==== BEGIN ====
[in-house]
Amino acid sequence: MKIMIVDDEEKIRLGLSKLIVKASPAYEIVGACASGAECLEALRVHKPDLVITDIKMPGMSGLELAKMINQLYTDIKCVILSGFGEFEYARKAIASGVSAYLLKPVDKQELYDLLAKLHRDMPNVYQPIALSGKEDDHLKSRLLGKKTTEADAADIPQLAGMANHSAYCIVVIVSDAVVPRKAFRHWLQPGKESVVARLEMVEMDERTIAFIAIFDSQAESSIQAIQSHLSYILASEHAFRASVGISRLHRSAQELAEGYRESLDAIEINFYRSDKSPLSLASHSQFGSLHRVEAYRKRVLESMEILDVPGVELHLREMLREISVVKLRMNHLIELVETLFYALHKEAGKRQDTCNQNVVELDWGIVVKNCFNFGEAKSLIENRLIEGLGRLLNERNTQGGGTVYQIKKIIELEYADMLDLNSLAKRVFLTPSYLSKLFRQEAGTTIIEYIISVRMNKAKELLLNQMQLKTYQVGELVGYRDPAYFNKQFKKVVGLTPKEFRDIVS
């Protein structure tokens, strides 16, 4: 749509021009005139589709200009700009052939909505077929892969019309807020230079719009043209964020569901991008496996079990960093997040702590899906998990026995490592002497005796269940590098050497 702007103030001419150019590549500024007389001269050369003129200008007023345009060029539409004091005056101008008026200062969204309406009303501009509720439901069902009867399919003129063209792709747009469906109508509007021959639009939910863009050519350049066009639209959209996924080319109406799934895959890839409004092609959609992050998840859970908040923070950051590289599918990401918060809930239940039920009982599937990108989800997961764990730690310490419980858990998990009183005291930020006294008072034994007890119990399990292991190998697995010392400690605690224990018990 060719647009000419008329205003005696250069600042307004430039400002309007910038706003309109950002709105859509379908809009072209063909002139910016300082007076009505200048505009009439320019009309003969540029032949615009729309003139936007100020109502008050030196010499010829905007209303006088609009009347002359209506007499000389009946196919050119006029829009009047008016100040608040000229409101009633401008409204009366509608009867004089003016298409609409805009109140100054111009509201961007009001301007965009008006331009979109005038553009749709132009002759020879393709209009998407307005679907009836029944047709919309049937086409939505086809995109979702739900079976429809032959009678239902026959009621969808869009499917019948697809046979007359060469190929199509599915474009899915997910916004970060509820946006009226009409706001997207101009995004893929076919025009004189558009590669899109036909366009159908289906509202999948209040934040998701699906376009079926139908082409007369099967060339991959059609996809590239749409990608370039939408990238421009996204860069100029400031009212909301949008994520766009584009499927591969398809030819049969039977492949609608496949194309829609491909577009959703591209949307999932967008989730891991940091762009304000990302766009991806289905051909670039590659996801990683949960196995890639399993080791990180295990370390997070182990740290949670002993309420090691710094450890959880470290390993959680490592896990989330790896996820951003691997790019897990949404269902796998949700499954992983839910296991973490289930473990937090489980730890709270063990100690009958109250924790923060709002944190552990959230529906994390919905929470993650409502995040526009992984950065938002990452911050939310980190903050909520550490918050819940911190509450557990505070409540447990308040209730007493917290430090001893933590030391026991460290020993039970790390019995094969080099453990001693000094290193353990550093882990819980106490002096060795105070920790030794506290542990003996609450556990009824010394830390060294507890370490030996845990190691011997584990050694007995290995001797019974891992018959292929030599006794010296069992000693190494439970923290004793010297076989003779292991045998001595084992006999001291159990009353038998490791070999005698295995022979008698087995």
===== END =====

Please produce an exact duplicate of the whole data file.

[in-house]
Amino acid sequence: MKIMIVDDEEKIRLGLSKLIVKASPAYEIVGACASGAECLEALRVHKPDLVITDIKMPGMSGLELAKMINQLYTDIKCVILSGFGEFEYARKAIASGVSAYLLKPVDKQELYDLLAKLHRDMPNVYQPIALSGKEDDHLKSRLLGKKTTEADAADIPQLAGMANHSAYCIVVIVSDAVVPRKAFRHWLQPGKESVVARLEMVEMDERTIAFIAIFDSQAESSIQAIQSHLSYILASEHAFRASVGISRLHRSAQELAEGYRESLDAIEINFYRSDKSPLSLASHSQFGSLHRVEAYRKRVLESMEILDVPGVELHLREMLREISVVKLRMNHLIELVETLFYALHKEAGKRQDTCNQNVVELDWGIVVKNCFNFGEAKSLIENRLIEGLGRLLNERNTQGGGTVYQIKKIIELEYADMLDLNSLAKRVFLTPSYLSKLFRQEAGTTIIEYIISVRMNKAKELLLNQMQLKTYQVGELVGYRDPAYFNKQFKKVVGLTPKEFRDIVS
């Protein structure tokens, strides 16, 4: 749509021009005139589709200009700009052939909505077929892969019309807020230079719009043209964020569901991008496996079990960093997040702590899906998990026995490592002497005796269940590098050497 702007103030001419150019590549500024007389001269050369003129200008007023345009060029539409004091005056101008008026200062969204309406009303501009509720439901069902009867399919003129063209792709747009469906109508509007021959639009939910863009050519350049066009639209959209996924080319109406799934895959890839409004092609959609992050998840859970908040923070950051590289599918990401918060809930239940039920009982599937990108989800997961764990730690310490419980858990998990009183005291930020006294008072034994007890119990399990292991190998697995010392400690605690224990018990 060719647009000419008329205003005696250069600042307004430039400002309007910038706003309109950002709105859509379908809009072209063909002139910016300082007076009505200048505009009439320019009309003969540029032949615009729309003139936007100020109502008050030196010499010829905007209303006088609009009347002359209506007499000389009946196919050119006029829009009047008016100040608040000229409101009633401008409204009366509608009867004089003016298409609409805009109140100054111009509201961007009001301007965009008006331009979109005038553009749709132009002759020879393709209009998407307005679907009836029944047709919309049937086409939505086809995109979702739900079976429809032959009678239902026959009621969808869009499917019948697809046979007359060469190929199509599915474009899915997910916004970060509820946006009226009409706001997207101009995004893929076919025009004189558009590669899109036909366009159908289906509202999948209040934040998701699906376009079926139908082409007369099967060339991959059609996809590239749409990608370039939408990238421009996204860069100029400031009212909301949008994520766009584009499927591969398809030819049969039977492949609608496949194309829609491909577009959703591209949307999932967008989730891991940091762009304000990302766009991806289905051909670039590659996801990683949960196995890639399993080791990180295990370390997070182990740290949670002993309420090691710094450890959880470290390993959680490592896990989330790896996820951003691997790019897990949404269902796998949700499954992983839910296991973490289930473990937090489980730890709270063990100690009958109250924790923060709002944190552990959230529906994390919905929470993650409502995040526009992984950065938002990452911050939310980190903050909520550490918050819940911190509450557990505070409540447990308040209730007493917290430090001893933590030391026991460290020993039970790390019995094969080099453990001693000094290193353990550093882990819980106490002096060795105070920790030794506290542990003996609450556990009824010394830390060294507890370490030996845990190691011997584990050694007995290995001797019974891992018959292929030599006794010296069992000693190494439970923290004793010297076989003779292991045998001595084992006999001291159990009353038998490791070999005698295995022979008698087995």